Jacob Frey

1. Do you navigate Minneapolis by bicycle, walking, or in a wheelchair? If so, for what purposes (commuting, recreation, errands) and how often? Please indicate how you commute to work.

I use a bicycle or walking for approximately 80% of my transportation. To commute to work at City Hall, I almost exclusively use my bike or my feet.

2. Have you ever been transit-dependent or car-free? How do you understand the experiences of residents who don't have the option to drive, particularly children, seniors, and people with a disability?

While I myself have never been 100% car-free, I do have two staffers that are, and they help inform my view on how city policy can best meet the needs of individuals that do not have cars. I also represent Ward 3, an area of the city which has seen dramatically increased residential density in recent years, necessitating pro-transit, pro-pedestrian city policies. All of this has reinforced my desire to make city policy friendly to bicyclists, safe and walkable streets for pedestrians, and other amenities needed to make sure that everyone can get around Minneapolis. Transportation access is an equity issue for me and I would make it a priority as mayor of Minneapolis.

3. Describe any past work or accomplishments that you have been involved with around the areas of bicycling or walking issues in your community.

First, I delivered on my promise to connect the Northeast riverfront with a trail that now extends nearly to the Lowry Avenue Bridge. While there was significant opposition, and difficulty acquiring an easement from Graco, we worked collectively with the Park Board to create a beautiful Eastside trail.

Second, I am very proud to have been part of making the protected bike lane on 3rd Avenue South (located in my ward) a reality. While I am a strong supporter of the lane, I wish that we had made it planter-protected. As someone who rides this route several times per day, it has become a tremendous city asset through Downtown.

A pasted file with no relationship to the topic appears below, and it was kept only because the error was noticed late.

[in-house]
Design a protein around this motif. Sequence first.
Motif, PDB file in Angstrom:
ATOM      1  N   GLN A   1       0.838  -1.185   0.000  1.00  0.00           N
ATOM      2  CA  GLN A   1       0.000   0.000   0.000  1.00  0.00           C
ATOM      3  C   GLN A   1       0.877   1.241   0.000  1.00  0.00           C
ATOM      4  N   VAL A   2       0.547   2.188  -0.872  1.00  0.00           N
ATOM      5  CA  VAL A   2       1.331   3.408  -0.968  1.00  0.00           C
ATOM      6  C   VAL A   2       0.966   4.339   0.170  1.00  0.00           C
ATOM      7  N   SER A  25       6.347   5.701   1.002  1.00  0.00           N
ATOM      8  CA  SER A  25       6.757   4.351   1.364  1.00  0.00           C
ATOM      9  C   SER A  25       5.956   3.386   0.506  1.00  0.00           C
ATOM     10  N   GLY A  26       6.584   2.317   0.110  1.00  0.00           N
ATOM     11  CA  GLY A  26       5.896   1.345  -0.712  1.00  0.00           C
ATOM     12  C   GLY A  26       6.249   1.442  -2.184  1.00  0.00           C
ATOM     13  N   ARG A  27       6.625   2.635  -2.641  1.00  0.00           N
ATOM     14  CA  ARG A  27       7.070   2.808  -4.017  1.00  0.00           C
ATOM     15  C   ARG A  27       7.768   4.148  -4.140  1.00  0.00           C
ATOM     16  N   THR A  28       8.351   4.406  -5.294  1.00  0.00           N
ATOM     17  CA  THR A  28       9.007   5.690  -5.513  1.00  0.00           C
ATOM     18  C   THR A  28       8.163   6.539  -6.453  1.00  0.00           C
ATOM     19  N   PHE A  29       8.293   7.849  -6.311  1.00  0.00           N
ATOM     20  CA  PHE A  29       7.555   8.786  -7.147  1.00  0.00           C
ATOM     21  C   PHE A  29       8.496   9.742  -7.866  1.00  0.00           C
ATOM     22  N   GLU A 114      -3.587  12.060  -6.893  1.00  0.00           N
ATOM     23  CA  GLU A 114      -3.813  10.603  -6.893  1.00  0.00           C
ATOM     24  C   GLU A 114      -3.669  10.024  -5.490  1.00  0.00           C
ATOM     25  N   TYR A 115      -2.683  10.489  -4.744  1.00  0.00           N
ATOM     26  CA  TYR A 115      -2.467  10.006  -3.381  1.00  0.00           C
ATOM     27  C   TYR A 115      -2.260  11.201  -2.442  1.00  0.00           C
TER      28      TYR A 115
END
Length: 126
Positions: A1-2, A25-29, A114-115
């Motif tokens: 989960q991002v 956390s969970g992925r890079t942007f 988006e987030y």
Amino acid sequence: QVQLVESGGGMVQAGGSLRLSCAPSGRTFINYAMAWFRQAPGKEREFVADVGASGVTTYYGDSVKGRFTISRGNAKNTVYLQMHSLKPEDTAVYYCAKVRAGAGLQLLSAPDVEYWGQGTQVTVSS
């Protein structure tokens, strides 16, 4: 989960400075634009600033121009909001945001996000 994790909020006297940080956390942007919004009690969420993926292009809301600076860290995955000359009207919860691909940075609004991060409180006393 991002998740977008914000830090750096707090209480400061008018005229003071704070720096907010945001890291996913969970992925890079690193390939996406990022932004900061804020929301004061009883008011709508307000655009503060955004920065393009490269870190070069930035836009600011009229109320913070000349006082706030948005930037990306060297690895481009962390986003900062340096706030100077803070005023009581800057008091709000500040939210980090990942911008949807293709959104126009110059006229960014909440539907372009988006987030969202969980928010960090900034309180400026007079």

Third, I championed the Plymouth Avenue North/8th Avenue NE protected bike lane. Although we did encounter several hurdles, the project is complete and creates a beautiful North/Northeast connection that was very much needed, not only for bike improvement, but also for building community.

Fourth, I stood by the 8th Street Southeast bike lane that is now moving forward.

Fifth, we worked to achieve a bike lane on 11th Avenue South.

Sixth, we worked with the County to secure buffered (North Loop) and protected (Downtown) bike lanes on Washington Ave. 

4. Last year, the City adopted a Complete Streets policy to make streets safer for everyone. The policy states: “Minneapolis is committed to rebalancing its transportation network by clearly prioritizing walking, taking transit, and biking over driving motorized vehicles, in a manner that provides for acceptable levels of service for all modes." Will you support the Complete Streets policy? Please share how you prioritize walking, transit, bicycling, driving, and parking in your decisions.

Yes. I believe that a forward thinking city needs to move away from the automobile-centric mentality. I generally prioritize walking, transit, and cycling when making public policy decisions because these modes of transit do more to further environmental and social justice ideals. From environmental sustainability (increased pedestrians and bicycles reduce our per capita carbon footprint), to fiscal responsibility (pedestrians and bicycles contribute to less wear and tear on our streets), to spacing needs in a growing city (pedestrians and bicycles use less space than a street lined with parking lanes), we have every ability to become a city with a world class multi-modal transportation system and public realm.

5. The 2017 Minneapolis capital budget includes $6.1 million for specific walking and biking infrastructure, which is 9 percent of the total capital streets-related funding. 2010 Metropolitan Council surveys estimated that 15.9 percent of all trips in Minneapolis were done by walking and 5.1 percent by bicycle. Would you support spending more, the same amount, or less on building and maintaining bicycle and pedestrian infrastructure?

I would support more.